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‘Original Community organizer’ Stoy Bailey mourned as humble champion

“Stoy was a kind and caring soul who devoted his life to helping others.”

Stoy Bailey stands in front of a Victorian cottage, one of the first houses built in the first black subdivision in the city of Memphis. The house was built around 1900, and while Orange Mound was an older area, it was classified as part of the county when the North Annesdale subdivision was built. Bailey died July 4 at age 86. (Lance Murphey/Daily Memphian file)

A few days ago, word began circulating that Stoy Bailey, a lifelong Memphian and a tireless advocate for his neighborhood, died early last month.

The news took Stoy’s legion of friends and admirers by surprise.

“Today I found out that a dear friend of mine had passed away,” Shelby County Commissioner Reginald Milton posted Monday on Facebook. “He was a community organizer for the Rozelle-Annesdale area and my mentor.”

Stoy G. Bailey, once a Marine, died July 4 at the Memphis VA Medical Center. He was 86.

“Oh, Reginald, I had not heard about Stoy,” June West, longtime executive director of Memphis Heritage, replied to Milton’s post. “Makes me so very sad. What a major loss to Memphis. He was an amazingly dedicated Community activist for so many years.”

Stoy lived by himself in the Rozelle-Annesdale neighborhood, in the same house he grew up in with his three brothers, Milton, Hilton and Marvin. When their mother, Ruth, died in 1969, Stoy bought the house.

“I had known him since the ’70s,” posted Regina Morrison Newman, Shelby County Trustee. “Very sorry to hear.”

One day in the mid-1970s, an elderly woman who lived in the neighborhood called Stoy and asked if he would stop by and show her how to load and shoot a gun. She was afraid. Stoy was annoyed.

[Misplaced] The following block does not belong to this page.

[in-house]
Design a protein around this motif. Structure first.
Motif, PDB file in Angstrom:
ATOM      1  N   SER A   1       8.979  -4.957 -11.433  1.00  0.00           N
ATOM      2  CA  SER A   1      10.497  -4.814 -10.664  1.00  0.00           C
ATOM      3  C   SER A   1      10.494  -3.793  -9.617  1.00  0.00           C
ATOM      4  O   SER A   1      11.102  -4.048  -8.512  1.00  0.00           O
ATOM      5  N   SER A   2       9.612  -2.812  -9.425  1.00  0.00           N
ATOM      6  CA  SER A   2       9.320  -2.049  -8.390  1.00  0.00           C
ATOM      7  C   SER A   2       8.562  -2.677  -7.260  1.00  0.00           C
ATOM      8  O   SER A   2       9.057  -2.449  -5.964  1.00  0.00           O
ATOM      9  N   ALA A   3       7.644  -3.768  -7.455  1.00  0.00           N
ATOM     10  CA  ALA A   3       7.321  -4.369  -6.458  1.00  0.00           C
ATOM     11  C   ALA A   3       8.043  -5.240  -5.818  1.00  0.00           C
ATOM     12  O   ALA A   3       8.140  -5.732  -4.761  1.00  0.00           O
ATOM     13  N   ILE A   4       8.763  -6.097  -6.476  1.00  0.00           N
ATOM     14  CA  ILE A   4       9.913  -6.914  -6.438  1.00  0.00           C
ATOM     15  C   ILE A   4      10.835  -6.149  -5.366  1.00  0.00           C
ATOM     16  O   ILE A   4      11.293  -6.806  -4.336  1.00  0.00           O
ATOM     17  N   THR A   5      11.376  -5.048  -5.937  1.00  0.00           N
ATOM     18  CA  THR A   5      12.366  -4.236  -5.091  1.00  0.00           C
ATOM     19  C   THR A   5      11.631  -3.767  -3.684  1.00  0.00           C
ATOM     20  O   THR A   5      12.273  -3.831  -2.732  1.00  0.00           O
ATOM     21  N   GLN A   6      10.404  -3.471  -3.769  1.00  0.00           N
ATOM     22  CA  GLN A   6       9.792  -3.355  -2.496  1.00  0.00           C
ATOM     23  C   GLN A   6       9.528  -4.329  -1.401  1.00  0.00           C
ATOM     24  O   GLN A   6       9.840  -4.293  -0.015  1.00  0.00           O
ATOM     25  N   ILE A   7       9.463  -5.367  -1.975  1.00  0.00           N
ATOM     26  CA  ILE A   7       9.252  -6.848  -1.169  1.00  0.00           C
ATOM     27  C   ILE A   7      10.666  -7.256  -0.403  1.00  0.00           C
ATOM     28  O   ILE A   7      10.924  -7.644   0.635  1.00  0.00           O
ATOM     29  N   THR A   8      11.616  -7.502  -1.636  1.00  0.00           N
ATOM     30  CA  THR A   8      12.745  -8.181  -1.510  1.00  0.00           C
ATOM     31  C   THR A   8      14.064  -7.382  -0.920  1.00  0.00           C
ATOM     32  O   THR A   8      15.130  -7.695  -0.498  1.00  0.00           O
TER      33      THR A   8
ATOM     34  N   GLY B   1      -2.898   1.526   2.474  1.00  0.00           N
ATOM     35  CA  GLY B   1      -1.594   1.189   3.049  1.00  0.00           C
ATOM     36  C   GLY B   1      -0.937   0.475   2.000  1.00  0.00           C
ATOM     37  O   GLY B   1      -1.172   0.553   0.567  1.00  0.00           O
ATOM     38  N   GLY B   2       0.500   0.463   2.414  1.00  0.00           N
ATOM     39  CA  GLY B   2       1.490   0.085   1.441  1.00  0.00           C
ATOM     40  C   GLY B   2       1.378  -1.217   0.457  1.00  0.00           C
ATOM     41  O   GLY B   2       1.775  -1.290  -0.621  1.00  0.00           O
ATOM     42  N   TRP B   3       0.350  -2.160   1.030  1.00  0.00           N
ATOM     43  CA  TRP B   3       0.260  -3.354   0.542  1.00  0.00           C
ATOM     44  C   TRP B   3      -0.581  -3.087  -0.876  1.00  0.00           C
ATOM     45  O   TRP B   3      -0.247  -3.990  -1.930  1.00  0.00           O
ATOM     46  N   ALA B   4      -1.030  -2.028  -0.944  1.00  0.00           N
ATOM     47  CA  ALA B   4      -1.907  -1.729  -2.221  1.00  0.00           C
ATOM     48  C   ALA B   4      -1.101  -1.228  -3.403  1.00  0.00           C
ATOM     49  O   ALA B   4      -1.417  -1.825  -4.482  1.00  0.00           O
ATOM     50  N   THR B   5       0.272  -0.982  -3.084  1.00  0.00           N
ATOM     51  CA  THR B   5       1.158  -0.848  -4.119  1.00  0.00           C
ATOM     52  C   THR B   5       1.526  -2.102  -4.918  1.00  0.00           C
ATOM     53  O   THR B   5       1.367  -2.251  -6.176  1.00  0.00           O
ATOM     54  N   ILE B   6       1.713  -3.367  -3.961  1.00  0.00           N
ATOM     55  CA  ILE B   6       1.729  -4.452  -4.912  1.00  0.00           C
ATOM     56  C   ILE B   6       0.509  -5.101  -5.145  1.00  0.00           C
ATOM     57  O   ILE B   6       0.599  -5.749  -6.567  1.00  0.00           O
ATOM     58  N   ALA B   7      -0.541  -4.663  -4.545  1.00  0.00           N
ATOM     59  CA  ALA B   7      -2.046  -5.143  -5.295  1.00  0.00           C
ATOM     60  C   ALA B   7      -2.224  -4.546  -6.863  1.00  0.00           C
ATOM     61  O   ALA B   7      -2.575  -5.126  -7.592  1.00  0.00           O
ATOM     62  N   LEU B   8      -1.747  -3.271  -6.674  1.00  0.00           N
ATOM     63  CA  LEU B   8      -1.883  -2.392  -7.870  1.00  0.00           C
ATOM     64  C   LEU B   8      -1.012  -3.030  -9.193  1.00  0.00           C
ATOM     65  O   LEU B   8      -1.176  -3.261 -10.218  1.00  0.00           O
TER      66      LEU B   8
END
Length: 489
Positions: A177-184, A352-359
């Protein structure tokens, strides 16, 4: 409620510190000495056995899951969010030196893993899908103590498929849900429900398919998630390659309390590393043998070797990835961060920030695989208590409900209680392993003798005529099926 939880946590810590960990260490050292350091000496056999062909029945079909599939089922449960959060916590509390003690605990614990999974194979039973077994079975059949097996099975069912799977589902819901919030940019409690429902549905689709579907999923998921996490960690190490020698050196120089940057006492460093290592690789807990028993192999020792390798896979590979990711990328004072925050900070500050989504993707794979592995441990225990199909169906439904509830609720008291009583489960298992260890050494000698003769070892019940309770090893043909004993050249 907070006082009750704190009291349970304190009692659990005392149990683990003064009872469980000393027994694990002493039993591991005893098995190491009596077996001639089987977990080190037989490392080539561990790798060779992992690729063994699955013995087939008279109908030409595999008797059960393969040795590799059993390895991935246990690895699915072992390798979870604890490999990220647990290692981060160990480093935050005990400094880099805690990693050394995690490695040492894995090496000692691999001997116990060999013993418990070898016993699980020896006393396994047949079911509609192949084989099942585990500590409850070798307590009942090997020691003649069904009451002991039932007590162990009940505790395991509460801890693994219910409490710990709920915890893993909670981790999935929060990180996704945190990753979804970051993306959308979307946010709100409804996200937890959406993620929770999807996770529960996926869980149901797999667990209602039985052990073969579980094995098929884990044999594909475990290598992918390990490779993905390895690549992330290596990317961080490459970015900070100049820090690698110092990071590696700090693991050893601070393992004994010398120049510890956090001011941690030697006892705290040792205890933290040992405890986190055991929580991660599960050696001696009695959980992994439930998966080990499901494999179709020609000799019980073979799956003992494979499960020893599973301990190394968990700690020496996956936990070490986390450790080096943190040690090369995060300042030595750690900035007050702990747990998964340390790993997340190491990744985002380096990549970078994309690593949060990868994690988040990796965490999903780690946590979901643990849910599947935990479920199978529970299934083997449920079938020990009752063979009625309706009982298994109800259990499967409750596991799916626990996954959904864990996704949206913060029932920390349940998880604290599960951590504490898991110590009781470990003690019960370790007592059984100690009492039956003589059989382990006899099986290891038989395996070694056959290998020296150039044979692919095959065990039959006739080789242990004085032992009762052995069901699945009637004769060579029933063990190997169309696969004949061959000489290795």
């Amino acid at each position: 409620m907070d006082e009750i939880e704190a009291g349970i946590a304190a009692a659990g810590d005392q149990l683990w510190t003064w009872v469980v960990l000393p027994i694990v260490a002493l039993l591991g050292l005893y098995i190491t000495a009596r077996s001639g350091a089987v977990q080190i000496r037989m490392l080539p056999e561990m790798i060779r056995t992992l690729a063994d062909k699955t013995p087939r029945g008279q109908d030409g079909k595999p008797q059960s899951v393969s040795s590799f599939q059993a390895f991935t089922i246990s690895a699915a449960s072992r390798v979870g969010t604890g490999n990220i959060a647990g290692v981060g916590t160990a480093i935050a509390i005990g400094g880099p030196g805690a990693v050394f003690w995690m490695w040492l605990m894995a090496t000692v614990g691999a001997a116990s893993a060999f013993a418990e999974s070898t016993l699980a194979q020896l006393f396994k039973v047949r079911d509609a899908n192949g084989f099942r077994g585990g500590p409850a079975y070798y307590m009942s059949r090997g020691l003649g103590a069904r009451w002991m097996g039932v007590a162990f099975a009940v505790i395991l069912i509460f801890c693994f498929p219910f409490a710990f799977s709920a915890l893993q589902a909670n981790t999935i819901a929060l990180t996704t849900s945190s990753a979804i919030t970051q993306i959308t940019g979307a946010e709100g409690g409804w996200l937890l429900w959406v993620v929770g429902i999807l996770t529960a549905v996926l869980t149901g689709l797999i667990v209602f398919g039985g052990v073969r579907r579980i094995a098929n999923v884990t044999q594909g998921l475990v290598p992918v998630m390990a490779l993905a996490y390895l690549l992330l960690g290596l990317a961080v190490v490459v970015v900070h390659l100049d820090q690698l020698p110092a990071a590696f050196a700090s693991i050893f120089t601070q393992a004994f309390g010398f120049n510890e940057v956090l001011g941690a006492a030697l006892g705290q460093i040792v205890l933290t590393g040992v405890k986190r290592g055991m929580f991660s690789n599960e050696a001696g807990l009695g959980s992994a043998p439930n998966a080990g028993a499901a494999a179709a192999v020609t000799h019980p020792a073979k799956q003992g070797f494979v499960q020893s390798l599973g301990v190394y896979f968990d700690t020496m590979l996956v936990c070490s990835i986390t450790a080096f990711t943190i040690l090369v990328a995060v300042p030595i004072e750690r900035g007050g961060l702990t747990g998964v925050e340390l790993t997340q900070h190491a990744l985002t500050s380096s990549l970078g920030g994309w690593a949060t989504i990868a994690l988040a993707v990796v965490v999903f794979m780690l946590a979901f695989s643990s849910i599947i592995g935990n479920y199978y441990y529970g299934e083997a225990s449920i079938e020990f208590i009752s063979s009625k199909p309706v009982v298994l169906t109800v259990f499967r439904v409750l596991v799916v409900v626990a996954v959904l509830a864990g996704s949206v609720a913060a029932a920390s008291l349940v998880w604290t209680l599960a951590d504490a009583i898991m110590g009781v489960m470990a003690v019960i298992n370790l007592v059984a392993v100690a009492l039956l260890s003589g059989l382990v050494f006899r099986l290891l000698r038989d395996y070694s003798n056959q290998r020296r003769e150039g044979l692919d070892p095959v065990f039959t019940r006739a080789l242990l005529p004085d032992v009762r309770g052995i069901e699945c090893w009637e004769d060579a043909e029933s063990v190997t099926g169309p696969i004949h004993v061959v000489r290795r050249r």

“I met Stoy when we arrested him,” said Buddy Chapman, executive director of CrimeStoppers Memphis, and the city’s police director from 1976 to 1983. “He’d gotten into a shouting match with some prostitutes who were working the street in front of his house. I intervened and let him go. No harm done.”

Stoy and Chapman both became members of the inaugural class of Leadership Memphis in 1979, along with A C Wharton, former mayor of both Memphis and Shelby County.

“Stoy was the original community organizer,” said Kate Gooch, founding president of Leadership Memphis. “I don’t think I ever saw him wear a coat and tie, but Stoy was never one to draw attention to himself.”

Stoy organized the  opens in a new windowRozelle-Annesdale Area Association in 1976. He and his neighbors began taking their concerns to City Hall.

“Stoy was my friend for 40 plus years,” posted Steve Lockwood, longtime executive director of the Frayser Community Development Corp. “He was crusty and tenacious; the boss of the neighborhood he grew up in. He told me he could tell if he was doing his job if he occasionally got his tires slashed.”

Stoy Bailey (shown in 2017) “was a community organizer for the Rozelle-Annesdale area and my mentor,” Shelby County Commissioner Reginald Milton posted this week on Facebook. (Submitted)

In the 1970s, the neighborhood along Lamar, from Willett to Southern, was filling up with beer joints, porn theaters and prostitutes. “It just didn’t fit. It wasn’t quite right,” he told Harmony Farner, a University of Memphis graduate student, in 2008.

“Stoy was a mensch!” posted Dr. Ken Reardon, a former professor of urban planning at the U of M. “He cared deeply about his neighborhood and the city. He was always generous with his time and knowledge. He was an inspiration to generations of UM planning students.”

In the early 1970s, plans for a massive rail cargo center would have razed several blocks of homes on the south side of the neighborhood near Rozelle Elementary. That included the  opens in a new windowEli Rayner House, built in 1856 and one of the few antebellum structures in the city.